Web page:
Using Technology to Deepen Democracy, Using Democracy to Ensure Technology Benefits Us All
Wednesday, May 22, 2013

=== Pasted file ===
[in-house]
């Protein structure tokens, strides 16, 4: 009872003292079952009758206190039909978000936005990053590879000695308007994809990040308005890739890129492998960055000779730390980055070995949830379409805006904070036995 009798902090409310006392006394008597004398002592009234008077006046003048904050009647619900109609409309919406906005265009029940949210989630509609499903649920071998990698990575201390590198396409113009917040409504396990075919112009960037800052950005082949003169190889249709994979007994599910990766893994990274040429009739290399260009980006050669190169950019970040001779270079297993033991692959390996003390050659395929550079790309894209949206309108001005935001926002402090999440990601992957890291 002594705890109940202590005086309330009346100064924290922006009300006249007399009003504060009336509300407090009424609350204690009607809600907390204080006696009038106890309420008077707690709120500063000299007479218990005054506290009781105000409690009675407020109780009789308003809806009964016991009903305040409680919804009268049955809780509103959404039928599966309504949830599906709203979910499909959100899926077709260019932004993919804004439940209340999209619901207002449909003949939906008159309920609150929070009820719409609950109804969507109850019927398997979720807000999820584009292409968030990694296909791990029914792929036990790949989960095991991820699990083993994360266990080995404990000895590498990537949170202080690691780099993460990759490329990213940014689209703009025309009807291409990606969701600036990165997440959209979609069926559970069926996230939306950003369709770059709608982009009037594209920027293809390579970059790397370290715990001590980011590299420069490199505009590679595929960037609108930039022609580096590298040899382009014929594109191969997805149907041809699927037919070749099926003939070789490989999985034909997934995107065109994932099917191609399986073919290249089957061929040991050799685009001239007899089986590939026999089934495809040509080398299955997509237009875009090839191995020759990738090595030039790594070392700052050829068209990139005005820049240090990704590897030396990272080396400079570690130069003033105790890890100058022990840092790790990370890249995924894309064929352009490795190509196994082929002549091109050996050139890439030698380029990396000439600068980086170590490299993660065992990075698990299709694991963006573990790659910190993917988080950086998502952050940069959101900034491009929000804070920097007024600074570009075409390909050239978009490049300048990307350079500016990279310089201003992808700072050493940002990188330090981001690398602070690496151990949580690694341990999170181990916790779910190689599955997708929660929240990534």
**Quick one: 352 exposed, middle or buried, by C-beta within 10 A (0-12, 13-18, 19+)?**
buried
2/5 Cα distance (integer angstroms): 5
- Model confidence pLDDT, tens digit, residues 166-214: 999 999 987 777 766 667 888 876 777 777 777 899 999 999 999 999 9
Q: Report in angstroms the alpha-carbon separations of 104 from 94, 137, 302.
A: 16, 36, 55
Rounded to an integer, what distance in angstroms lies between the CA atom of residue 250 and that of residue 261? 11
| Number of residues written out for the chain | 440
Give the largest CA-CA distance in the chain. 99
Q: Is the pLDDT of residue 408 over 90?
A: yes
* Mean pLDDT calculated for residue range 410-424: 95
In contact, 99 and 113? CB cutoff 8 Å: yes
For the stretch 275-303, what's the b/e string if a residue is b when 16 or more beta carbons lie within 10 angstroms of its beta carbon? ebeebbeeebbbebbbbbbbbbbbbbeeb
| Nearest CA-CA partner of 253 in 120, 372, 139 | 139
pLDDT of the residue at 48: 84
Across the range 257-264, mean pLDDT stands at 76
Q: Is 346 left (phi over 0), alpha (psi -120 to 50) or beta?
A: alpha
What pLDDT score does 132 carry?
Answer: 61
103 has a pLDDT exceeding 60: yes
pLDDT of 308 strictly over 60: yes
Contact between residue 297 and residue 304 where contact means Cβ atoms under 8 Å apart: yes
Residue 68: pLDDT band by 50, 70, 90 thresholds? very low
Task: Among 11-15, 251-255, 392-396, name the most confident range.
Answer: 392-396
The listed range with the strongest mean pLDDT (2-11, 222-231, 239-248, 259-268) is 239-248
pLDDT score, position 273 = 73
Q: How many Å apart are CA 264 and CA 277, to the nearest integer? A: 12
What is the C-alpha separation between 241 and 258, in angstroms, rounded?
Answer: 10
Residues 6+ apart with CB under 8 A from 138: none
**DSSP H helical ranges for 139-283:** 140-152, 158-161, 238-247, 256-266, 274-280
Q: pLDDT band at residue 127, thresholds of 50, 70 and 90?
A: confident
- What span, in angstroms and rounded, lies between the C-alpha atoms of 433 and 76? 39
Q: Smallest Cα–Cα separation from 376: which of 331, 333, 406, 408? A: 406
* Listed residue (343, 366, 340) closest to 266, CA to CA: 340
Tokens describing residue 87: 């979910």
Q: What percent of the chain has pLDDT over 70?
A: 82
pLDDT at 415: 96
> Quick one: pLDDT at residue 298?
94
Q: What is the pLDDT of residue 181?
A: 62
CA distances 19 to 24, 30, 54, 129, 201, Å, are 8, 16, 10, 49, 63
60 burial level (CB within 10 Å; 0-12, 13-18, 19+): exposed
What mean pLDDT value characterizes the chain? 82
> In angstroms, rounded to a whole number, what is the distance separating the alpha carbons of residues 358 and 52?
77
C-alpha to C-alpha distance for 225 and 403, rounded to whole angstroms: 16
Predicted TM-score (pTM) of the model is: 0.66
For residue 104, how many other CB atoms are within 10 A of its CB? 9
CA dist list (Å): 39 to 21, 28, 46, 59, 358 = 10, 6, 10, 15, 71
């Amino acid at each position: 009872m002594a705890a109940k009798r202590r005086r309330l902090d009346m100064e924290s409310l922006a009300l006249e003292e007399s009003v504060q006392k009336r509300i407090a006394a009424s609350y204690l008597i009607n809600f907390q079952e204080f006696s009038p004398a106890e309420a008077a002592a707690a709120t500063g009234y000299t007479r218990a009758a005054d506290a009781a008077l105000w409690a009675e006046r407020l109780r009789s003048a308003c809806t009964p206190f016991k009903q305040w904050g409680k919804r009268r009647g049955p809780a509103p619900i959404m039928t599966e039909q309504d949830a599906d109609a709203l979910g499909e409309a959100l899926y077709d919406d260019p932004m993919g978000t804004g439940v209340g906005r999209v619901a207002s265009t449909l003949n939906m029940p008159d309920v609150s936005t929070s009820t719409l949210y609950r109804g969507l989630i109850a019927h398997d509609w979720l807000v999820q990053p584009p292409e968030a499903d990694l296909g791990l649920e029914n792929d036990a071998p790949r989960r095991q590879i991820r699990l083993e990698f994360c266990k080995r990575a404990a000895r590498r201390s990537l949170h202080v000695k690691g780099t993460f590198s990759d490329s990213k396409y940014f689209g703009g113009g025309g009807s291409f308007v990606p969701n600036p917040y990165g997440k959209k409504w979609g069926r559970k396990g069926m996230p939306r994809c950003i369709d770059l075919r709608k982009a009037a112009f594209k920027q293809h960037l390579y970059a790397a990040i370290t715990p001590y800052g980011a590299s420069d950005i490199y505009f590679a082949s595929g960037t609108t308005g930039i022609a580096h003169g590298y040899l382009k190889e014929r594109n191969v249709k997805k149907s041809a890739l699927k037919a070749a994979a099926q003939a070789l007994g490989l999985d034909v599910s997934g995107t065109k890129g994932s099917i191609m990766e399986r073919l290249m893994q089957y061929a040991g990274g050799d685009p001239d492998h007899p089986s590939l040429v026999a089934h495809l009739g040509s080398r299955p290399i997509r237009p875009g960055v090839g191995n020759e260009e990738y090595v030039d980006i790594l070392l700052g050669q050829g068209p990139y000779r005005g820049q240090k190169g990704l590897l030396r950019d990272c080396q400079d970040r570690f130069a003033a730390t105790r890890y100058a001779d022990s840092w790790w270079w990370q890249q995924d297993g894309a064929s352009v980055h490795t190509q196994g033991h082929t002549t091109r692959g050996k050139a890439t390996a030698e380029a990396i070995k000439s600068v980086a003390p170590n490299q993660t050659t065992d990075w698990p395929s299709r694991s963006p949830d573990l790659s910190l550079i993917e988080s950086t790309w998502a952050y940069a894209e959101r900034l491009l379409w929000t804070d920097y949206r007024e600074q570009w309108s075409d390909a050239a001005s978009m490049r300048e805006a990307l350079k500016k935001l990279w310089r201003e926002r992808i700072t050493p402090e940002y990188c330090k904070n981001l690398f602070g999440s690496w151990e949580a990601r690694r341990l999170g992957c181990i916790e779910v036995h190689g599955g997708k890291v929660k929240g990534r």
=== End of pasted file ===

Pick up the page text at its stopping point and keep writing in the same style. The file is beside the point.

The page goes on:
Beginning next week I'm teaching two summer intensives at Berkeley this summer, first my survey of key Greek and Roman works in and of rhetoric, "Are We Not Men? Patriarchal Convention and Conviction in Classical Antiquity" for six weeks and then my survey of key theory after Marx, Nietzsche, Freud, "The Rhetoric of Interpretation, 'Fetishes and Keys'" for another six weeks. It's a lot of work, but I've actually given myself quite a break this year by choosing to focus on Berkeley and passing on the additional teaching of my usual third critical theory survey course in the City as well. This makes all the difference in the world, and not just monetarily. Without my nine to noon course in the City my early mornings, commute times, office hours are all lightened enormously, and so I have time for the sorts of projects to which my summers used to be deliciously devoted. So, this year I've decided systematically to read all the writing available in English translation by Peter Sloterdijk -- whose very provocative and rich work I've only nibbled around the edges of up to now. I also mean to brush up on my Greek so that when I teach Greek and Roman rhetoric next summer I will have read all the work in the original before lecturing on it (I lecture from translations and secondaries now, and though few undergraduates give a fig about that, it bothers me). Reading Greek comedy and philosophy in the original has been a long-deferred desire, not least because I think it will deepen my connection to Arendt even further.